Here and ThereA list of Japan-related events and exhibitions beyond Japan Society.
Every Sunday in May, 1 PM - 4 PM
The Rubin Museum of Art
150 West 17th Street, New York, NY 10011
At the Rubin Museum, Sundays are for families! Paintings and sculptures from the Himalayan region tell stories by depicting gestures and movement. This May, explore movement in the galleries and experiment with movement and balance by making your own mobile.
Bring your family to the Rubin for a Sunday afternoon full of family-friendly activities. Drop into the Education Center for some art-making, enjoy our 2:00 p.m. family exhibition tour, and go on your own thematic gallery search.
Tuesday, May 24, 8 PM
509 Atlantic Avenue, Brooklyn, NY 11217
The evening will showcase original compositions for the 5-hole Japanese bamboo flute, the shakuhachi. Ned Rothenberg has been playing the instrument for 35 years and had the opportunity to study with two of the preeminent masters of the instrument, the late ‘living national treasure’ Yamaguchi Goro, and Yokoyama Katsuya, widely known for his work with Toru Takemitsu. For this concert, Ned will be joined by two of the greatest players outside Japan, Riley Lee, who also worked and studied with Yokoyama-sensei and Ned’s original teacher in New York, Ralph Samuelson, a disciple of Yamaguchi-sensei.
Tickets and More Information
Wednesday, May 25, 2016
127 East 23rd Street, New York, NY 10010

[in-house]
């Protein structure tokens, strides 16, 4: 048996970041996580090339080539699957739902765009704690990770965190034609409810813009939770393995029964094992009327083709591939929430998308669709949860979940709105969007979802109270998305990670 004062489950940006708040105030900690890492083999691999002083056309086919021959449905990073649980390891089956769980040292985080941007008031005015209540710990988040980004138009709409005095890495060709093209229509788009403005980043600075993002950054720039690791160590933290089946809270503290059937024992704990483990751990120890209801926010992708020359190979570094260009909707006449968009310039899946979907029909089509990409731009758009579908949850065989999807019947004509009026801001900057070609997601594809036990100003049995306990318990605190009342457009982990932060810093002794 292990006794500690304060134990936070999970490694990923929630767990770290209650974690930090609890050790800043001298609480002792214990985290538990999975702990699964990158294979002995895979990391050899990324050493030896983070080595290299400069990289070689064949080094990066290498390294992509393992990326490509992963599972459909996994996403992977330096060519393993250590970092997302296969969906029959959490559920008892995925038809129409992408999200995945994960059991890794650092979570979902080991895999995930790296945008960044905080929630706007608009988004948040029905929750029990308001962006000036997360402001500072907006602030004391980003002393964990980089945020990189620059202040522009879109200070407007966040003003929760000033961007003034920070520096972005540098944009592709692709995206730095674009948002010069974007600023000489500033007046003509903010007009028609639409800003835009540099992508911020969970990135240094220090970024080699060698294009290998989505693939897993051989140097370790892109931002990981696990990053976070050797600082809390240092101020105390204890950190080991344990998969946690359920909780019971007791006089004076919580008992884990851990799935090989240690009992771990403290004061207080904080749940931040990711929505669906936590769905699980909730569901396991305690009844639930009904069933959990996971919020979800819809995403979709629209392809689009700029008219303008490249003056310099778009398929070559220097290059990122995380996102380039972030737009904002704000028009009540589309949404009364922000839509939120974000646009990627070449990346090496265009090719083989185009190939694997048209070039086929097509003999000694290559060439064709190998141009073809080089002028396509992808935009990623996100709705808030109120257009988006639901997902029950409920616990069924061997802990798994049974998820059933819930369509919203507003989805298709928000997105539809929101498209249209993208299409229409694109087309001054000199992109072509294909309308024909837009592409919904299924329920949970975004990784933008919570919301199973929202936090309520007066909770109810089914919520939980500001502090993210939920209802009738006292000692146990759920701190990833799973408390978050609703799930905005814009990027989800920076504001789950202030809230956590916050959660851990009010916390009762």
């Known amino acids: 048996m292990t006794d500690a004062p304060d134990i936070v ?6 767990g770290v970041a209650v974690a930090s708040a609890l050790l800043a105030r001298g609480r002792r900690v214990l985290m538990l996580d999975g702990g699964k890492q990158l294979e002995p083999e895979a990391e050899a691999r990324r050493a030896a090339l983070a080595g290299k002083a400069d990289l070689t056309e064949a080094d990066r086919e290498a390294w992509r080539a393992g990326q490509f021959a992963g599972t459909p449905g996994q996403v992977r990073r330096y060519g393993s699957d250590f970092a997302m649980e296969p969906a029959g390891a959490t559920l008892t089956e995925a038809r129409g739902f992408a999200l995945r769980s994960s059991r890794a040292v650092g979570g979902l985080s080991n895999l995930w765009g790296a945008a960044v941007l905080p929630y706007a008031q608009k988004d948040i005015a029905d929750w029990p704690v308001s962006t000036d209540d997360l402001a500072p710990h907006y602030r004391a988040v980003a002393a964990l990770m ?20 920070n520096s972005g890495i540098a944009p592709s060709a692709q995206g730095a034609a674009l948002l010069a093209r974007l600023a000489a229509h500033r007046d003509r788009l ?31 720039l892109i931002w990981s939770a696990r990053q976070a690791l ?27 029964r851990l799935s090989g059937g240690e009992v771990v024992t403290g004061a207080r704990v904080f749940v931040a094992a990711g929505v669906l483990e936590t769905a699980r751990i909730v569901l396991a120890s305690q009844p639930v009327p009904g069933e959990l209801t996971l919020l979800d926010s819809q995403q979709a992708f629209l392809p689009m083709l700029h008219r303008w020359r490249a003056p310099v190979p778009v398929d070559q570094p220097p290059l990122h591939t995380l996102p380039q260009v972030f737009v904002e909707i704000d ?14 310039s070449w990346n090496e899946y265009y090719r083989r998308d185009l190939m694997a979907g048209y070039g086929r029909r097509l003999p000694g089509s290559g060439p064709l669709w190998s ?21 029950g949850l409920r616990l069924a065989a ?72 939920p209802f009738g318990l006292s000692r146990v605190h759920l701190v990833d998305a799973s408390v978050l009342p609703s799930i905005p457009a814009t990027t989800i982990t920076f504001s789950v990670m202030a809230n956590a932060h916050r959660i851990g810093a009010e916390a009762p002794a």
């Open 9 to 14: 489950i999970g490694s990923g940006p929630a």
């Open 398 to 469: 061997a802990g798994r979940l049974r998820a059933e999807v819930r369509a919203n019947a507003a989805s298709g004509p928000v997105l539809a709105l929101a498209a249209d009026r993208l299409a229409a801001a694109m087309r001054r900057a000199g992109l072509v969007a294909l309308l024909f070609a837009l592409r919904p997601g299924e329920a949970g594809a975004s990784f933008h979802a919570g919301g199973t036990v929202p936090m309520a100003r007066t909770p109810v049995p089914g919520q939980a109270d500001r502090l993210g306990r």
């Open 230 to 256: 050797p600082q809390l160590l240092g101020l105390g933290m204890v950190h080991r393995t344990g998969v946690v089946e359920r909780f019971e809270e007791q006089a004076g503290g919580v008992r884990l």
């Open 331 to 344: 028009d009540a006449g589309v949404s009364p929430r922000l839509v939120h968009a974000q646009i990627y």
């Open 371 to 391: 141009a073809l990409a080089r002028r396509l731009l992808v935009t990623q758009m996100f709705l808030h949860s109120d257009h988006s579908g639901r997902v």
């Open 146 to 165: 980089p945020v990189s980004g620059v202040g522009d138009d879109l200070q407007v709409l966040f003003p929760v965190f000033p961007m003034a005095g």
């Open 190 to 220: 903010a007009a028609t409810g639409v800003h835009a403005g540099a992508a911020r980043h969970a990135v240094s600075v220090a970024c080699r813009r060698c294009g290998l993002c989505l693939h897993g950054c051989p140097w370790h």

Eir Aoi, The Queen of "Ani-Song" hits the Big Apple for her solo concert at the Gramercy Theatre.
Tuesday, June 7, 8 PM
The National Arts Club
15 Gramercy Park South, New York, NY 10003
Author Robert S. Boynton will speak about his new book, The Invitation — Only Zone: The True Story of North Korea’s Abduction Project. The event is free to the public.
The Japanese Government’s “Cool Japan” Hotline
“Cool Japan” refers to Japanese products, media and culture that non-Japanese people feel are interesting and distinct to Japan. The Japanese Government wishes to learn what is cool to non-Japanese and work on disseminating these things further in order to deepen cultural exchange. The Cabinet Secretariat welcomes your opinions on what things are ‘cool’ from the viewpoint of non-Japanese people but unnoticed by Japanese, proposals on how to disseminate “Cool Japan”, and any other proposals to the Japanese Government that may be helpful for the “Cool Japan” strategy. Please note that the Secretariat will not specifically reply to each opinion or proposal received. We appreciate your cooperation.
Stay informed about all Japan Society programs and events.